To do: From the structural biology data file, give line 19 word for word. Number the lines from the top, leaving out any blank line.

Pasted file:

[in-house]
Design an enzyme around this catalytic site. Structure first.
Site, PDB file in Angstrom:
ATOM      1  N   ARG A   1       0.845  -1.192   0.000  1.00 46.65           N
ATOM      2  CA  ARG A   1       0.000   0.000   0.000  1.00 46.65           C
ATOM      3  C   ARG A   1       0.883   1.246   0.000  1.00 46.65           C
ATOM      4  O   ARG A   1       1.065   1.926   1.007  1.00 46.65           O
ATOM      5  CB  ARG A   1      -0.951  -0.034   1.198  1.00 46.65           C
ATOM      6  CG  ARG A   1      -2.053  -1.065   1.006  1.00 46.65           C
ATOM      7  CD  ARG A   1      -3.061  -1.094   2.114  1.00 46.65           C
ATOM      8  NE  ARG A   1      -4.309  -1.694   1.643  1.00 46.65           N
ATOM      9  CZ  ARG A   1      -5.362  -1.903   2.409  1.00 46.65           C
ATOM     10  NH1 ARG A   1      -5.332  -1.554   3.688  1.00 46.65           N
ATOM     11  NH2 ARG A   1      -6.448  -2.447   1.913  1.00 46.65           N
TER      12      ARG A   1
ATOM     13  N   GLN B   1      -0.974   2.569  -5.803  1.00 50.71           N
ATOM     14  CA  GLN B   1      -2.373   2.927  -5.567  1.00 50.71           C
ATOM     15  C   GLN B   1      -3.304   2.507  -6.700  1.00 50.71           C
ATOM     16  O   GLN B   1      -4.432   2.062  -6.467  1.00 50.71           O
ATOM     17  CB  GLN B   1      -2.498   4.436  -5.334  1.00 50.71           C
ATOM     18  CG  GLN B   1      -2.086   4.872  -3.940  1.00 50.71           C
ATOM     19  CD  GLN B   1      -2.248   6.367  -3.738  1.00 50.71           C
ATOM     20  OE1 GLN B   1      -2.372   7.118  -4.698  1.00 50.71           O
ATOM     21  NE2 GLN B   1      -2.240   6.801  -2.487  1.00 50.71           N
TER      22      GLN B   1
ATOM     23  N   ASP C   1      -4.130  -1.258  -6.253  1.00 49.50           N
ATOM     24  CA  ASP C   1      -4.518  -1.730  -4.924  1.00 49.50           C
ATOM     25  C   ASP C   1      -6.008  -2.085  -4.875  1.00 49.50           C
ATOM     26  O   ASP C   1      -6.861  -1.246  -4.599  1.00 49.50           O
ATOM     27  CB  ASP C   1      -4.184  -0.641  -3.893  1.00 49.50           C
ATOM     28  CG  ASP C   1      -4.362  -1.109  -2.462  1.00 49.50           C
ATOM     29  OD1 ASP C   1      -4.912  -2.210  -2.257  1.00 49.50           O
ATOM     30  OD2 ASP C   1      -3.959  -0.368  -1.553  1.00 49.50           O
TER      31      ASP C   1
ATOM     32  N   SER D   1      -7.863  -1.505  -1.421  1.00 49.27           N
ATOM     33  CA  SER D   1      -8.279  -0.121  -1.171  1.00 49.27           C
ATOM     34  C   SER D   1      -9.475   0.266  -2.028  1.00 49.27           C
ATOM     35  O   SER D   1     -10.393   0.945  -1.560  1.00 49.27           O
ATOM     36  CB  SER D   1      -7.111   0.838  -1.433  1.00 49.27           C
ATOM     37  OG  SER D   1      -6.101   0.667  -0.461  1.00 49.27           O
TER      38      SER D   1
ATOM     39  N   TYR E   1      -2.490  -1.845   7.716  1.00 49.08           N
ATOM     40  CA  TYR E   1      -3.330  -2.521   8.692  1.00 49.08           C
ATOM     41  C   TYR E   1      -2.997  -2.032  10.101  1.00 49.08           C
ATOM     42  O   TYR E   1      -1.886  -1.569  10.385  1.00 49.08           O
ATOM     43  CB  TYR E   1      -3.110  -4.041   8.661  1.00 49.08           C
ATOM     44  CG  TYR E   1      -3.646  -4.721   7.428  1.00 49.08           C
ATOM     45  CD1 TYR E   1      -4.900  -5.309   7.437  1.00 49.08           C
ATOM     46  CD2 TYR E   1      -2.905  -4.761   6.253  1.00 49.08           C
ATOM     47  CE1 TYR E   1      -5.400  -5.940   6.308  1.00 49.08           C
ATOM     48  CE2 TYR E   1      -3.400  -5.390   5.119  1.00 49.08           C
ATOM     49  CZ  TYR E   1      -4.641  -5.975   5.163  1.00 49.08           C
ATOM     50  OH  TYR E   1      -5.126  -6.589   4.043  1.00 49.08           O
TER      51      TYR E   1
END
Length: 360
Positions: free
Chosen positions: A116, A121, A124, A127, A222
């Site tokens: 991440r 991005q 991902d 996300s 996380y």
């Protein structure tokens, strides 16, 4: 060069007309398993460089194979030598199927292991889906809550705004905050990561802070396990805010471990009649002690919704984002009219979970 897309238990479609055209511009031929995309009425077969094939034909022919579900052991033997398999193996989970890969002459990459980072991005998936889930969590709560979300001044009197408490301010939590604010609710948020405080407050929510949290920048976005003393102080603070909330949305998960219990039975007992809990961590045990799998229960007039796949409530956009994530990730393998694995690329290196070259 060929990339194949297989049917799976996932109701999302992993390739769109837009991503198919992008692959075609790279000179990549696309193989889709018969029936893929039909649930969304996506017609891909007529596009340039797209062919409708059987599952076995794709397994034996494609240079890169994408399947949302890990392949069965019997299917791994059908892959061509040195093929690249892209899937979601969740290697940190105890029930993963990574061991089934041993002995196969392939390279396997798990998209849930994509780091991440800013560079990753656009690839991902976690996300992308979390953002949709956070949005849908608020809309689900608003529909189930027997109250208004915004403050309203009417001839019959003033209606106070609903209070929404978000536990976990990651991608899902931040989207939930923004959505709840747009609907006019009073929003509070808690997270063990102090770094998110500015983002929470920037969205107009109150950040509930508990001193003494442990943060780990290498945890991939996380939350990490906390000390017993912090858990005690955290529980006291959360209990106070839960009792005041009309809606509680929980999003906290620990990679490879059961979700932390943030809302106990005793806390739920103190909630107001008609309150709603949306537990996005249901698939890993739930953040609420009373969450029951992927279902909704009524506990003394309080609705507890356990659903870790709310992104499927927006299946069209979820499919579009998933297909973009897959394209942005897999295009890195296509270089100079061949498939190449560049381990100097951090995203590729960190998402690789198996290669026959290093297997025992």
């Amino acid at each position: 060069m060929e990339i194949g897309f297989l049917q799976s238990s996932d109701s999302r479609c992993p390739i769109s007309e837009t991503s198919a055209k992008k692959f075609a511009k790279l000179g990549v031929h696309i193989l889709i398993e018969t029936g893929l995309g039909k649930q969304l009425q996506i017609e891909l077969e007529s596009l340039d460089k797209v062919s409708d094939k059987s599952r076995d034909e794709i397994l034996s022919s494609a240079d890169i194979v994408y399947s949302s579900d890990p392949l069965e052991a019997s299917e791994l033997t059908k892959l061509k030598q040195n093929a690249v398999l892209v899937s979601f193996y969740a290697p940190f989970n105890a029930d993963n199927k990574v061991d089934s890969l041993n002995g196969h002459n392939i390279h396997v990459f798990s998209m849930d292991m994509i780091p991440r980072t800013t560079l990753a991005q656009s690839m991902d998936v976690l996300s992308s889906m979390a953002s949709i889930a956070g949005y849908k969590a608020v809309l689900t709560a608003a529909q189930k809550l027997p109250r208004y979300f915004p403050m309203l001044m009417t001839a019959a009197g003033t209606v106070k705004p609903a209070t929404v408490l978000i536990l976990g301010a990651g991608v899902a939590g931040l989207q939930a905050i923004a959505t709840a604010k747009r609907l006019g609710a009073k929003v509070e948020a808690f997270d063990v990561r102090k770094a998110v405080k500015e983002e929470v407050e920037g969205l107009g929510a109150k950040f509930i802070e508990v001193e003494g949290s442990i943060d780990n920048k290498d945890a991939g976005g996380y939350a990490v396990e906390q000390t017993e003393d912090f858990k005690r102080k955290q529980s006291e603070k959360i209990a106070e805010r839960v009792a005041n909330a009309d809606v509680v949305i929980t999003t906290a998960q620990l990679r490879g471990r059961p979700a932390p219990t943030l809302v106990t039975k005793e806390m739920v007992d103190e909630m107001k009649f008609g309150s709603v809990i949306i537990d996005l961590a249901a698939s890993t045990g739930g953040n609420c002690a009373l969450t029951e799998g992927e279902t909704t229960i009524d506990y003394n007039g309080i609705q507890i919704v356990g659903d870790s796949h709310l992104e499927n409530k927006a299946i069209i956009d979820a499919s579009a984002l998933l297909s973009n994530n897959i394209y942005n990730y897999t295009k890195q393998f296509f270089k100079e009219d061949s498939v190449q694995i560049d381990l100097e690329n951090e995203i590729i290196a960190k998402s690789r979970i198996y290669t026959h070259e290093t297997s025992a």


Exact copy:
ATOM     16  O   GLN B   1      -4.432   2.062  -6.467  1.00 50.71           O